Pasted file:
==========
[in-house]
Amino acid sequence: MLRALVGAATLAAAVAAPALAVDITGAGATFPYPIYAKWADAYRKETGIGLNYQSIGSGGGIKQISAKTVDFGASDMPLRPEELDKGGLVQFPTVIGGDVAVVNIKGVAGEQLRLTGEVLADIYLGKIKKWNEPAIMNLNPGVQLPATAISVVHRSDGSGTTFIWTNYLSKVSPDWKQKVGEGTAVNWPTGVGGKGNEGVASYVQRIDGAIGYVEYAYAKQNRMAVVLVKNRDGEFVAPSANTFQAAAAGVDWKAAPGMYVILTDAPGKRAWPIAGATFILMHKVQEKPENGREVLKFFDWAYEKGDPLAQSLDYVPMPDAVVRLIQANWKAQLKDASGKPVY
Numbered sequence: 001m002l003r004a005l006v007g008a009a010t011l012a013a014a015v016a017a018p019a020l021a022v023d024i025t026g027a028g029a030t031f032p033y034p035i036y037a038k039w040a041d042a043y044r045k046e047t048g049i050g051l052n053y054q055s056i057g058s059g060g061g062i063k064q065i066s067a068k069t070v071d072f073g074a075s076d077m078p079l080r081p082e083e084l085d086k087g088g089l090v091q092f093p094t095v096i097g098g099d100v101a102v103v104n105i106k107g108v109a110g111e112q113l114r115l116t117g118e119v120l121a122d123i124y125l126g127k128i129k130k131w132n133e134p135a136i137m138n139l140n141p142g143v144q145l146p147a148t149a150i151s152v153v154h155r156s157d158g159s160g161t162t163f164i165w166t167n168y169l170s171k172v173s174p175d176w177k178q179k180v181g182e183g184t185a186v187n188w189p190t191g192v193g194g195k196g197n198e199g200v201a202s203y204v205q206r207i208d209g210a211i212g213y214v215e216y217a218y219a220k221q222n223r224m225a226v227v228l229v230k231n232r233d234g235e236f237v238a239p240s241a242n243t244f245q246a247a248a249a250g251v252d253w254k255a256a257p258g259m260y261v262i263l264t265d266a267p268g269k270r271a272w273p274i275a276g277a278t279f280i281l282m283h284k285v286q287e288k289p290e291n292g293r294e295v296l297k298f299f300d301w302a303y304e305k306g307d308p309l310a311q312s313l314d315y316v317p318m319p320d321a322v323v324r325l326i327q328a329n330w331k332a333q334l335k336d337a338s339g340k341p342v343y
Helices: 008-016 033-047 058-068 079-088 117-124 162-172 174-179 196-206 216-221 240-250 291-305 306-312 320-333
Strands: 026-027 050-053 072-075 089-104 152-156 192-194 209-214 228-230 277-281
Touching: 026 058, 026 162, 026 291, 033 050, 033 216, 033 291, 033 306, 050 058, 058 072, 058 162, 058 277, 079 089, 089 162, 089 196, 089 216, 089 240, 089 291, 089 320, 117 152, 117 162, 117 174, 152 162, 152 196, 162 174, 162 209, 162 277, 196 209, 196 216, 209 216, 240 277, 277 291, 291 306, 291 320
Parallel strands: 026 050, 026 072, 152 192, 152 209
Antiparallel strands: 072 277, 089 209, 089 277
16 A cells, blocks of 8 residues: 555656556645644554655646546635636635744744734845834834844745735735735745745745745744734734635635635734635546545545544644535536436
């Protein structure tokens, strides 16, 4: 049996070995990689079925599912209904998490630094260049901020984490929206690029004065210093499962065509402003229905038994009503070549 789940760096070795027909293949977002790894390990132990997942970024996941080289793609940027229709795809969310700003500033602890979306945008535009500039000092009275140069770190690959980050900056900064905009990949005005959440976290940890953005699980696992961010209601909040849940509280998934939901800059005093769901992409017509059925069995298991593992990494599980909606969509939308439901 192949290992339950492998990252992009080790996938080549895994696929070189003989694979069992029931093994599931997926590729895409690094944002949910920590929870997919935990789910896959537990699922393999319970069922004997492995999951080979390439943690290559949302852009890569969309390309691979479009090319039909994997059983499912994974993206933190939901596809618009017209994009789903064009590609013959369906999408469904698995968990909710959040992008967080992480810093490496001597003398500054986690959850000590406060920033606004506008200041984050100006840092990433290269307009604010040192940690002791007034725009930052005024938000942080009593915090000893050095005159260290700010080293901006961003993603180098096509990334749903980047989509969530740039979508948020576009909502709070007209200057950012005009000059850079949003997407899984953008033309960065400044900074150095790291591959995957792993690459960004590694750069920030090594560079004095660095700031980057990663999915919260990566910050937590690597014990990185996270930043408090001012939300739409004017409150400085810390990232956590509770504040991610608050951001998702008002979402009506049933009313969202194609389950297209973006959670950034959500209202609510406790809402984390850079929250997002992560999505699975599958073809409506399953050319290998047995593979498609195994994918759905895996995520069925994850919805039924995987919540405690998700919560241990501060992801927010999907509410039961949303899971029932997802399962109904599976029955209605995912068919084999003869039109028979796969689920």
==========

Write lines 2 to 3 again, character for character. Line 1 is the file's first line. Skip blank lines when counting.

Amino acid sequence: MLRALVGAATLAAAVAAPALAVDITGAGATFPYPIYAKWADAYRKETGIGLNYQSIGSGGGIKQISAKTVDFGASDMPLRPEELDKGGLVQFPTVIGGDVAVVNIKGVAGEQLRLTGEVLADIYLGKIKKWNEPAIMNLNPGVQLPATAISVVHRSDGSGTTFIWTNYLSKVSPDWKQKVGEGTAVNWPTGVGGKGNEGVASYVQRIDGAIGYVEYAYAKQNRMAVVLVKNRDGEFVAPSANTFQAAAAGVDWKAAPGMYVILTDAPGKRAWPIAGATFILMHKVQEKPENGREVLKFFDWAYEKGDPLAQSLDYVPMPDAVVRLIQANWKAQLKDASGKPVY
Numbered sequence: 001m002l003r004a005l006v007g008a009a010t011l012a013a014a015v016a017a018p019a020l021a022v023d024i025t026g027a028g029a030t031f032p033y034p035i036y037a038k039w040a041d042a043y044r045k046e047t048g049i050g051l052n053y054q055s056i057g058s059g060g061g062i063k064q065i066s067a068k069t070v071d072f073g074a075s076d077m078p079l080r081p082e083e084l085d086k087g088g089l090v091q092f093p094t095v096i097g098g099d100v101a102v103v104n105i106k107g108v109a110g111e112q113l114r115l116t117g118e119v120l121a122d123i124y125l126g127k128i129k130k131w132n133e134p135a136i137m138n139l140n141p142g143v144q145l146p147a148t149a150i151s152v153v154h155r156s157d158g159s160g161t162t163f164i165w166t167n168y169l170s171k172v173s174p175d176w177k178q179k180v181g182e183g184t185a186v187n188w189p190t191g192v193g194g195k196g197n198e199g200v201a202s203y204v205q206r207i208d209g210a211i212g213y214v215e216y217a218y219a220k221q222n223r224m225a226v227v228l229v230k231n232r233d234g235e236f237v238a239p240s241a242n243t244f245q246a247a248a249a250g251v252d253w254k255a256a257p258g259m260y261v262i263l264t265d266a267p268g269k270r271a272w273p274i275a276g277a278t279f280i281l282m283h284k285v286q287e288k289p290e291n292g293r294e295v296l297k298f299f300d301w302a303y304e305k306g307d308p309l310a311q312s313l314d315y316v317p318m319p320d321a322v323v324r325l326i327q328a329n330w331k332a333q334l335k336d337a338s339g340k341p342v343y